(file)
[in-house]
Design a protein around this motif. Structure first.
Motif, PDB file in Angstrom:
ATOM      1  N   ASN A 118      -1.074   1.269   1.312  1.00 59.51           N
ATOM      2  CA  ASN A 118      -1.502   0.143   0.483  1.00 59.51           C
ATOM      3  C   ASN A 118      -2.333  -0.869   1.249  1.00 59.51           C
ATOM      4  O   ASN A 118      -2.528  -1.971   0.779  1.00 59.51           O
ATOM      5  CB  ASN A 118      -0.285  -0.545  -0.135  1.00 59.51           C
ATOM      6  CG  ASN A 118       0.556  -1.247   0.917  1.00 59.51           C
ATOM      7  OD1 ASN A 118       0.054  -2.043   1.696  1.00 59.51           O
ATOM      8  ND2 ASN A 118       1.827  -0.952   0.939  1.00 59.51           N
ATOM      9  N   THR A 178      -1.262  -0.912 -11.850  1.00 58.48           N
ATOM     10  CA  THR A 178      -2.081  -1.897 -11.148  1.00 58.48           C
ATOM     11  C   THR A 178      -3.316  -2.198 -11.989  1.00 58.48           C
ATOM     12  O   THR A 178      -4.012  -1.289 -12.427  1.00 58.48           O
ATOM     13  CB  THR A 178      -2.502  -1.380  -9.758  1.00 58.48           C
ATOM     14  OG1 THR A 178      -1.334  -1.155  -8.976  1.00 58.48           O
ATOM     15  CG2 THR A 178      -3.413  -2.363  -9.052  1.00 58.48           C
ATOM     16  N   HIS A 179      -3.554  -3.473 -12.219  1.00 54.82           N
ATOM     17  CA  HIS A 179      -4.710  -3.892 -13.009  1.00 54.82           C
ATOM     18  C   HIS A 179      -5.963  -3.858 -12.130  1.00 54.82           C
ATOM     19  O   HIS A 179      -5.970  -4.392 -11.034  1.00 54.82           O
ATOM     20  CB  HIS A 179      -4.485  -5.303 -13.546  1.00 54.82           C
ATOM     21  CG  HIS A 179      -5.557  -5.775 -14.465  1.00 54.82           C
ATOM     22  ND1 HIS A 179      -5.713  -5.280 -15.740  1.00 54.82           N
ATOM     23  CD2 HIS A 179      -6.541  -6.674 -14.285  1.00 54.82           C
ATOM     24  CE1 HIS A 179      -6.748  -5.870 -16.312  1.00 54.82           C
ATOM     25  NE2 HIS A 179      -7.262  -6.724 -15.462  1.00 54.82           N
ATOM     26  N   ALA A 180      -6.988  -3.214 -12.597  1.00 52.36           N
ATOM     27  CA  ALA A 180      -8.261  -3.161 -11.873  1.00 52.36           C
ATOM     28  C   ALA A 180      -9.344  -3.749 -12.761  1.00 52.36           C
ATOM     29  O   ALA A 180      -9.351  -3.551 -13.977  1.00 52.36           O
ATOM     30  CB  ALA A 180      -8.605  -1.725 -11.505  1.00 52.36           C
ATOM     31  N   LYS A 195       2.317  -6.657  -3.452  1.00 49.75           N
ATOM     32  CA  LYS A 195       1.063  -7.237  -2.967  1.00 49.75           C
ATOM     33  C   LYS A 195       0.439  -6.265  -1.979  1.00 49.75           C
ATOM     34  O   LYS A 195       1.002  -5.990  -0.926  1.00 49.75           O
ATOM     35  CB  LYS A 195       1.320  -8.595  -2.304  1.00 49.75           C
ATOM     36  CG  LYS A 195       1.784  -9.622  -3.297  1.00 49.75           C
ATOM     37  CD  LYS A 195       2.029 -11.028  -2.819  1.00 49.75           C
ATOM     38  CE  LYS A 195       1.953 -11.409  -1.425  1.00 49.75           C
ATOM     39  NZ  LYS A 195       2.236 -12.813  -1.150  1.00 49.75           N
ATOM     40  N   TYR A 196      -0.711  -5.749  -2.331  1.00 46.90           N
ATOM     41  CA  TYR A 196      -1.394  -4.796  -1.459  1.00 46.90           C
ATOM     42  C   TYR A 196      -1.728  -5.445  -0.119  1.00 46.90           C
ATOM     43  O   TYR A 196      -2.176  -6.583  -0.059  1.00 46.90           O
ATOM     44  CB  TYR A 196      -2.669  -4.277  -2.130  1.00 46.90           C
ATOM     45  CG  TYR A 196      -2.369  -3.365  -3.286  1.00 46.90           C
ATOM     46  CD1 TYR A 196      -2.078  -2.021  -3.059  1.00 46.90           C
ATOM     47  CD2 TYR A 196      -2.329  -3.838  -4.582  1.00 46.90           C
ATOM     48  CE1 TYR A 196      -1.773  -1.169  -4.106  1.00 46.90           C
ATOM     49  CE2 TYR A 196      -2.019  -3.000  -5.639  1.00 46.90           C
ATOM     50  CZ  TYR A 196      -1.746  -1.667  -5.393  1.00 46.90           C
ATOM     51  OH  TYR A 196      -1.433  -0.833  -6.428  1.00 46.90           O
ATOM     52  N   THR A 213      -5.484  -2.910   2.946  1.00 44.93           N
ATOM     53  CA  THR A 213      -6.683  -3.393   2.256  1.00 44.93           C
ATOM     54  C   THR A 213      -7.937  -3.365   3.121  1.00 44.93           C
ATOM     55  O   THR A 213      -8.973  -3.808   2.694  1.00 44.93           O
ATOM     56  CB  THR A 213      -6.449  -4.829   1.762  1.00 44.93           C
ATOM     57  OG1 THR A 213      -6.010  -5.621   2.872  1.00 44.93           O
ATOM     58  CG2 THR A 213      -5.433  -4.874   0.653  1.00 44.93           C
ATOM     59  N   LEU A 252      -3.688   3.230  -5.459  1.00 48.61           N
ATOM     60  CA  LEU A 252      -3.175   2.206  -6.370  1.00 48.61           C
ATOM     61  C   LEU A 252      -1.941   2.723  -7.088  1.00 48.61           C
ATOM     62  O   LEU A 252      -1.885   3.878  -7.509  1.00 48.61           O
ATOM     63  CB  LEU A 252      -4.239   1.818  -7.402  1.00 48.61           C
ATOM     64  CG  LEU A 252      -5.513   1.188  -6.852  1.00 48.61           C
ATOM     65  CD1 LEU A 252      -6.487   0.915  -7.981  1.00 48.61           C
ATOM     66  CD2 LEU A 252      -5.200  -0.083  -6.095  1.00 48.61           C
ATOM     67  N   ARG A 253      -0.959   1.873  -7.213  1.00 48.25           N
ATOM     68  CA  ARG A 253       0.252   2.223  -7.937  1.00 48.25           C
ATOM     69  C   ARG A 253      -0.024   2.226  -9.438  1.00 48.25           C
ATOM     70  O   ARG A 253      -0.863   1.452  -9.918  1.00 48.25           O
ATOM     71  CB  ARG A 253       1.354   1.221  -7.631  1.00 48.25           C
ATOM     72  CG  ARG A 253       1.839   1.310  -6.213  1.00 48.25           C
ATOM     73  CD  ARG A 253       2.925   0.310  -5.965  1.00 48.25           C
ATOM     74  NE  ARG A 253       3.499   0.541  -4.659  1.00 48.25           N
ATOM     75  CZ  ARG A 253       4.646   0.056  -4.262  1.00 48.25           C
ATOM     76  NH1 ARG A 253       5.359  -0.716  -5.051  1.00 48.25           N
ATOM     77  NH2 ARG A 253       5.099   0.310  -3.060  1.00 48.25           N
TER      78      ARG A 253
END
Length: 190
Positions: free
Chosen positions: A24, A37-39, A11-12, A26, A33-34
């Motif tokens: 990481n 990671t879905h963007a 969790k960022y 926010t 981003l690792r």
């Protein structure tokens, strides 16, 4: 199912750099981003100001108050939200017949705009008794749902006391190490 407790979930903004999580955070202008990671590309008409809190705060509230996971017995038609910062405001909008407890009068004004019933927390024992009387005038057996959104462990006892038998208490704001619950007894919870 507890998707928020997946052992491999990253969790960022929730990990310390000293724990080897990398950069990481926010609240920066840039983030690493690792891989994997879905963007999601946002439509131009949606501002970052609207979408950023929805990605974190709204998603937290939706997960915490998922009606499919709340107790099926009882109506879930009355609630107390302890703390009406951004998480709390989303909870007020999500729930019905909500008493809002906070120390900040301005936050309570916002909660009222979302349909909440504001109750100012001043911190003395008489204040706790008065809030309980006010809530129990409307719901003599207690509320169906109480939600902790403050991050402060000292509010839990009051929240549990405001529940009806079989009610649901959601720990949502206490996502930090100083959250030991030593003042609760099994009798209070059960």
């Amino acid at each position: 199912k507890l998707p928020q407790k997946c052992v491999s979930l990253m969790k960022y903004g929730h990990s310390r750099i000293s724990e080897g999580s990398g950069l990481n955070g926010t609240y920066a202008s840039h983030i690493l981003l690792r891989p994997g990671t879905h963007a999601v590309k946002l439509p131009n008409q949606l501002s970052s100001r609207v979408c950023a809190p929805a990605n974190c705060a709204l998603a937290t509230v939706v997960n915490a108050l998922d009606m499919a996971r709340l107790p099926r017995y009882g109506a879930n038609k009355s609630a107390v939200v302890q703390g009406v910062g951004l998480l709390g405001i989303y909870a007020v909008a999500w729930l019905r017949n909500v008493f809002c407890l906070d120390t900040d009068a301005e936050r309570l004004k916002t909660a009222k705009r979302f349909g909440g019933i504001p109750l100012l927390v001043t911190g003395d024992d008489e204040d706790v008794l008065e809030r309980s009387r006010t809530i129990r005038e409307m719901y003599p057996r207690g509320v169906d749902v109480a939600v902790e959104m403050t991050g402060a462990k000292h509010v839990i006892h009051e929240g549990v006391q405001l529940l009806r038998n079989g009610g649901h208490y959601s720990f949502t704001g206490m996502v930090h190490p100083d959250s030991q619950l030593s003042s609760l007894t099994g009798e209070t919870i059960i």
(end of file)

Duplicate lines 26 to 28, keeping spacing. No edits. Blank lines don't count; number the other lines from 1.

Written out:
ATOM     23  CD2 HIS A 179      -6.541  -6.674 -14.285  1.00 54.82           C
ATOM     24  CE1 HIS A 179      -6.748  -5.870 -16.312  1.00 54.82           C
ATOM     25  NE2 HIS A 179      -7.262  -6.724 -15.462  1.00 54.82           N